When Robin reached the smaller cave in the back of the ice cavern, he spotted Olwyn sitting amongst piles and piles of books. He was reading over something, and at first Robin was afraid of interrupting him. "Come in, Robin," Olwyn called without even looking up from his novel. Robin didn’t question and promptly did what he was told.
Olwyn closed the black leather-bound book he was reading and set it gently on top of a tall stack of books sitting right beside the wooden workbench. Robin maneuvered his way around the books and sat down across Olwyn. Fearing he would knock over the books, Robin made sure to keep away from book stacks but something in Olwyn’s eyes when Robin looked at the old man led him to believe that magic had a hand in calming gravity.
"Don’t worry about them," the old man said. "Magic is a good way to clean up the clutter, you know."
Robin laughed. "That it does, sir, that it does."
Olwyn got serious. "Robin, you’ve come to me for what I suspect is one reason but what I suspect and what I know are two different things."
Robin was confused.
"What I mean is that you came here to discuss with me LeLora, the sorceress that Marion met."
"LeLora? Is THAT her name?"
Olwyn nodded. "Yes, LeLora. Classy, it is. Anyway, Robin, LeLora is your main focus here but there’s more to it then that. The mage convention at Prince
John’s castle is part of this as well I take it?"
"Yes, sir." Robin replied.
"Spill your guts."
The story came pouring out of Robin like wine from a flask. "But that’s not the worst part," Robin exclaimed when he got the retreating part. "Not only was Marion hurt very badly, but we had to run from the fight. I have never, ever had to do it, Olwyn, and it hurts me to think that I cannot live up to what people expect of me."
"You’re only human, Robin," Olwyn said softly, his steely gray eyes fixed on the onyx sword belted to the warrior’s armor. "Even the greatest of heroes must turn away once in awhile. It’s nothing to be shamed of."
"I don’t see why not," Robin muttered. He hung his head in part embarrassment that he was sharing this with Olwyn. But even if he wasn’t, Olwyn could read his mind anyway so there was no point to hiding it.
"You’re right, Robin," Olwyn broke out in a smile.
"There is no point to hiding it. Now, remember it’s one thing to run from a fight by choice but it’s another to run by cause of someone else."
"So are you saying that this LeLora was the reason why we weren’t strong enough to finish the fight?"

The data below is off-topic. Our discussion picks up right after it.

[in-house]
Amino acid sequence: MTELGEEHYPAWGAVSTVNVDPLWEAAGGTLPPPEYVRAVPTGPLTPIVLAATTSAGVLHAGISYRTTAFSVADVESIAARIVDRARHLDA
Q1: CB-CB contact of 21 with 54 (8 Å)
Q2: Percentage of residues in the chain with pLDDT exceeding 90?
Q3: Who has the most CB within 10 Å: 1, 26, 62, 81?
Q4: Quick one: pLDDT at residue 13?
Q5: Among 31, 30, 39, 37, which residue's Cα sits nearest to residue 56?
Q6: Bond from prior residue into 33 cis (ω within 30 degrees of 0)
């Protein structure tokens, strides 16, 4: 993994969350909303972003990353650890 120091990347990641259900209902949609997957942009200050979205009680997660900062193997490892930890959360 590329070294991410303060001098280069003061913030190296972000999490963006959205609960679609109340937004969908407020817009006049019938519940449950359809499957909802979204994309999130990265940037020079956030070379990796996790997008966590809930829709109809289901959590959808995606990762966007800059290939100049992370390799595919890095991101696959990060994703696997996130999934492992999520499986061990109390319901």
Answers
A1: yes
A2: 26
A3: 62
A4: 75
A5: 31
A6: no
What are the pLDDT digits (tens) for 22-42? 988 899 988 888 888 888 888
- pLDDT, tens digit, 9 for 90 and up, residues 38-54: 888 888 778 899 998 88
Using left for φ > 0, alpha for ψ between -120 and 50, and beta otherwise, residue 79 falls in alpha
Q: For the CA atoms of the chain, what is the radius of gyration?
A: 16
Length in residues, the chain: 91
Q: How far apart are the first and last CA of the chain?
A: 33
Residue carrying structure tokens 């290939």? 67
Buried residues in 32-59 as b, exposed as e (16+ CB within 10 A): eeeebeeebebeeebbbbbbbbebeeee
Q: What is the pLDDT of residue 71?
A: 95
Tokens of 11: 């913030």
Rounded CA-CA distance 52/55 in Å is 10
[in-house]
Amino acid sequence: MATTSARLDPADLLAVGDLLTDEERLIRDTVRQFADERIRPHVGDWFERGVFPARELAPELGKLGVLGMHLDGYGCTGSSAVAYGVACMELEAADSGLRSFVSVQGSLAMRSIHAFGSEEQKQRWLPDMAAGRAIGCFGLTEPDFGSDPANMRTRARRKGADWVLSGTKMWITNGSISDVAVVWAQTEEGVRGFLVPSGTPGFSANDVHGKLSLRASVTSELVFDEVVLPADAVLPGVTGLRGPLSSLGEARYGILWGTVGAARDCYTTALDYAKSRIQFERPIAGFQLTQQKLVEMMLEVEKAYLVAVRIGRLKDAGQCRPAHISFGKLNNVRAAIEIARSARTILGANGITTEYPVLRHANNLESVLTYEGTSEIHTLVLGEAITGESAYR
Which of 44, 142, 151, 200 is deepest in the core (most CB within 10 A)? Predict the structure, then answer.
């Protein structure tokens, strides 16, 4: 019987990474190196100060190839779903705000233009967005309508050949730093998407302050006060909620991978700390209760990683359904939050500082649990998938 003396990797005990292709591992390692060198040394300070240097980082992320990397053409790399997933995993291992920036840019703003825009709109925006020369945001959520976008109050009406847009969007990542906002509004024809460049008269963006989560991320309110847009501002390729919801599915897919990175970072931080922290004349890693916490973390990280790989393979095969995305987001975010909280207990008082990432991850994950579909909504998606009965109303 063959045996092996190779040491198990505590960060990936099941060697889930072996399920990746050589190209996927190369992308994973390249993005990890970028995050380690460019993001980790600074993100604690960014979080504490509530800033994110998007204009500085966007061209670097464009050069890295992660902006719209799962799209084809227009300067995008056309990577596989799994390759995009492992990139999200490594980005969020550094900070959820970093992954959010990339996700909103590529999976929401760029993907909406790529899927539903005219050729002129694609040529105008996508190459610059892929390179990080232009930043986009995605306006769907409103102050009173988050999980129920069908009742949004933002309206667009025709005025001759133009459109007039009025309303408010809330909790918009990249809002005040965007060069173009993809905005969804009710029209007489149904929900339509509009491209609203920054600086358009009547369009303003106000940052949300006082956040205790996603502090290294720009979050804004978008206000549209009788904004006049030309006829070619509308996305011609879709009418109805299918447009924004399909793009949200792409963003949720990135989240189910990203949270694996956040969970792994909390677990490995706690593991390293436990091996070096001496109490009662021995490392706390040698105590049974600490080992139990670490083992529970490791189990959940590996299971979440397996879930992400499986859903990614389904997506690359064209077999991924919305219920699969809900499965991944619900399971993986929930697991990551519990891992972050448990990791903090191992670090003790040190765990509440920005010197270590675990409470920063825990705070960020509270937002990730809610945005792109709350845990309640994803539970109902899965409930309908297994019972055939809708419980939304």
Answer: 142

Olwyn nodded. "Yes, warrior, she is. And, as I am sure you are aware, she has an obvious tie to Prince John."
Robin slapped his head and made a frog face. "So that’s how we were caught by surprise! LeLora somehow knew we were coming and sent the message to Prince John,"
"Right," Olwyn said. "LeLora can see what’s happening through that mirror you have in your pocket."
Robin stuck his hand into his pocket and fingered the smooth surface of the mirror. He could feel the radiation of evil. "But how does Marion tie into all of this?"
"She’s the weakest, Robin. She’s the first one who will lose her power to fight. You and the others will be next if LeLora is not stopped. You see, Marion was tricked by LeLora to believe that this mirror could make her more desirable to the man she loves."
Olwyn’s words hit Robin like a bolt of light night. "You mean, LeLora is using vanity?!?"
"So that’s why she looked the way she did that day she chased the soldier. And the morning she showed up to breakfast in that gown."
"Yes," Olwyn agreed. "LeLora’s way of draining the energy is through the mirror. Marion must look into the mirror to change appearances. All the while her strength is being drained. That is why the injury she sustained was so serious."
"How do I defeat LeLora?"
Olwyn pulled a small teardrop-shaped bottle out of his pocket, picked up a gold string lying nearby, and attached it to a hook on the bottle. "Just remember,
Robin, ugliness is the opposite of beauty. Evil is the opposite of good. Take this." Olwyn handed the bottle to Robin."
"What is it?" he asked.
"A special serum of mine that I developed on my own. This should help in Marion’s healing. It normally works three times faster than the healing herbs you are currently using. Mix a little in her breakfast each morning for seven suns and she should be back on her feet with no problem"
Robin took the bottle and shook it a little. But the glass was too dark to see thick liquid inside. "What’s in it?" he asked.
"You don’t want to know, Robin." Olwyn grinned.
Robin put the bottle in his pocket and stood up from the table. "Thanks for your help Olwyn, as usual." He said. "I’m glad you could help Marion too. We need her back to defeat LeLora. So long!"
Robin turned and marched out of the cave. Olwyn put on a false smile as he left, but when Robin was gone, his face fell. "More than you know, Robin. More than you know."
End of Chapter Three